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WikiLeaks vs New York Times: US Press "In a Bubble"?

Complete video at: WikiLeaks editor-in-chief Julian Assange and New York Times executive editor Bill Keller debate Assange's remark that the United States press cares little about events that happen outside its borders. "The U.S. press is interested in the United States, it is not interested in what happens outside the United States," says Assange. "It is a goldfish bowl of constant self-referral and self-reporting." ----- Panel: WikiLeaks: The Fallout. Featuring Julian Assange, Lowell Bergman, Nick Davies, Mark Feldstein, Bill Keller, David McCraw, Michael Rochford, Gabriel Schoenfeld, Jack Shafer, and Holger Stark. This program was recorded in collaboration with the Berkeley Graduate School of Journalism, on April 8, 2011. The 3-day Logan Symposium now in its 5th year, serves a number of key constituencies. Culling together a group of dedicated investigative reporters, academics, philanthropists, media experts and graduate students, the invite only event is an industry must. Once a humble commitment to host an annual lecture in the name of its benefactors, the Logan Symposium quickly rose in popularity as "one of the most influential events of its kind," according to the Seattle Times. Covered and attended by a veritable 'who's who' in investigative reporting, the conference dissects controversial topics in the field, hosts internationally renowned panelists, and examines key factors of change in investigative reporting. Julian Assange is an Australian journalist, programmer and Internet activist, best known for his involvement with Wikileaks, a whistleblower website. Bill Keller is Executive Editor of The New York Times, a position he has held since July of 2003. Keller became Op-Ed columnist and senior writer for The New York Times Magazine as well as other areas of the newspaper in September 2001. Previously, he served as managing editor from 1997 to September 2001 after having been the newspaper's foreign editor from June 1995 to 1997. He was the chief of The Times bureau in Johannesburg from April 1992 until May 1995. Before that, he had been a Times correspondent in Moscow from December 1986 to October 1991, the last three years as the newspaper's bureau chief. He won a Pulitzer Prize in March 1989 for his coverage of the Soviet Union.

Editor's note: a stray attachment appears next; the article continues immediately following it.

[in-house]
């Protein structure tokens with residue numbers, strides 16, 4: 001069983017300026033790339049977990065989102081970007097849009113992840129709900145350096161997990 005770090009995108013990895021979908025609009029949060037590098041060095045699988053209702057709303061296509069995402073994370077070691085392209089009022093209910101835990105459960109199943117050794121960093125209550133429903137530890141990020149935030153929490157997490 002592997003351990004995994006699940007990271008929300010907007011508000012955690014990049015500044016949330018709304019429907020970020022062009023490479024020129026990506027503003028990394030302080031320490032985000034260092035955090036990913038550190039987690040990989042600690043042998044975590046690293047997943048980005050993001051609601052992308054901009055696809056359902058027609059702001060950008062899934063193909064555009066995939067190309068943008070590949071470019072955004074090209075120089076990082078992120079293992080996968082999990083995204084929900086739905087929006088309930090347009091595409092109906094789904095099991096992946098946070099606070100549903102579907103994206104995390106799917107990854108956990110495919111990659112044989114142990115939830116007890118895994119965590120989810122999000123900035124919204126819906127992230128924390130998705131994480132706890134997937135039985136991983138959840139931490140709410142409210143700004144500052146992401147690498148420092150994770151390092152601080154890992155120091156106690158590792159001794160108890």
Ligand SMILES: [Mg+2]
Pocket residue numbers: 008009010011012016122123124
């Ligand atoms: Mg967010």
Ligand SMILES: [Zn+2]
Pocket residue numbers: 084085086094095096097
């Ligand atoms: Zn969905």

Length: 03:17


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